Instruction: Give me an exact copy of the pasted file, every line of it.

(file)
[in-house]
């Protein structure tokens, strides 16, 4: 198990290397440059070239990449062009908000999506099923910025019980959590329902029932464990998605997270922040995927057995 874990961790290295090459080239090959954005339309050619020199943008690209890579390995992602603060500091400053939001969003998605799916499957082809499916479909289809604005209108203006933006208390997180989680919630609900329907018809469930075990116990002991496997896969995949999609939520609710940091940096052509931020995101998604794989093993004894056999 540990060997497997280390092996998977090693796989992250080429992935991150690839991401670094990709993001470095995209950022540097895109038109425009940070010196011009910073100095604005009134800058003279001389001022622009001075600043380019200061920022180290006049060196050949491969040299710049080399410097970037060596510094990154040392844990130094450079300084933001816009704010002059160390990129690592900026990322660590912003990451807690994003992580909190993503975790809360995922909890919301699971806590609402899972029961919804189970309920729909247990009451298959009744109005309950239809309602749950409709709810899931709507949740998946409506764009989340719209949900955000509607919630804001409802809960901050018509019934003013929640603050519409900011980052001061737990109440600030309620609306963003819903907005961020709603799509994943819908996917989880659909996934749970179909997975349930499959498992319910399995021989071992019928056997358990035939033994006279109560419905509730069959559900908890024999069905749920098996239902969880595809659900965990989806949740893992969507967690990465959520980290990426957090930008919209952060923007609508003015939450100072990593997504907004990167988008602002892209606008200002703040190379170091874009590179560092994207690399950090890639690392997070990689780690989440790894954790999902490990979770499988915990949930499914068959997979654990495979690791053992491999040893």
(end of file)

[in-house]
């Protein structure tokens, strides 16, 4: 198990290397440059070239990449062009908000999506099923910025019980959590329902029932464990998605997270922040995927057995 874990961790290295090459080239090959954005339309050619020199943008690209890579390995992602603060500091400053939001969003998605799916499957082809499916479909289809604005209108203006933006208390997180989680919630609900329907018809469930075990116990002991496997896969995949999609939520609710940091940096052509931020995101998604794989093993004894056999 540990060997497997280390092996998977090693796989992250080429992935991150690839991401670094990709993001470095995209950022540097895109038109425009940070010196011009910073100095604005009134800058003279001389001022622009001075600043380019200061920022180290006049060196050949491969040299710049080399410097970037060596510094990154040392844990130094450079300084933001816009704010002059160390990129690592900026990322660590912003990451807690994003992580909190993503975790809360995922909890919301699971806590609402899972029961919804189970309920729909247990009451298959009744109005309950239809309602749950409709709810899931709507949740998946409506764009989340719209949900955000509607919630804001409802809960901050018509019934003013929640603050519409900011980052001061737990109440600030309620609306963003819903907005961020709603799509994943819908996917989880659909996934749970179909997975349930499959498992319910399995021989071992019928056997358990035939033994006279109560419905509730069959559900908890024999069905749920098996239902969880595809659900965990989806949740893992969507967690990465959520980290990426957090930008919209952060923007609508003015939450100072990593997504907004990167988008602002892209606008200002703040190379170091874009590179560092994207690399950090890639690392997070990689780690989440790894954790999902490990979770499988915990949930499914068959997979654990495979690791053992491999040893």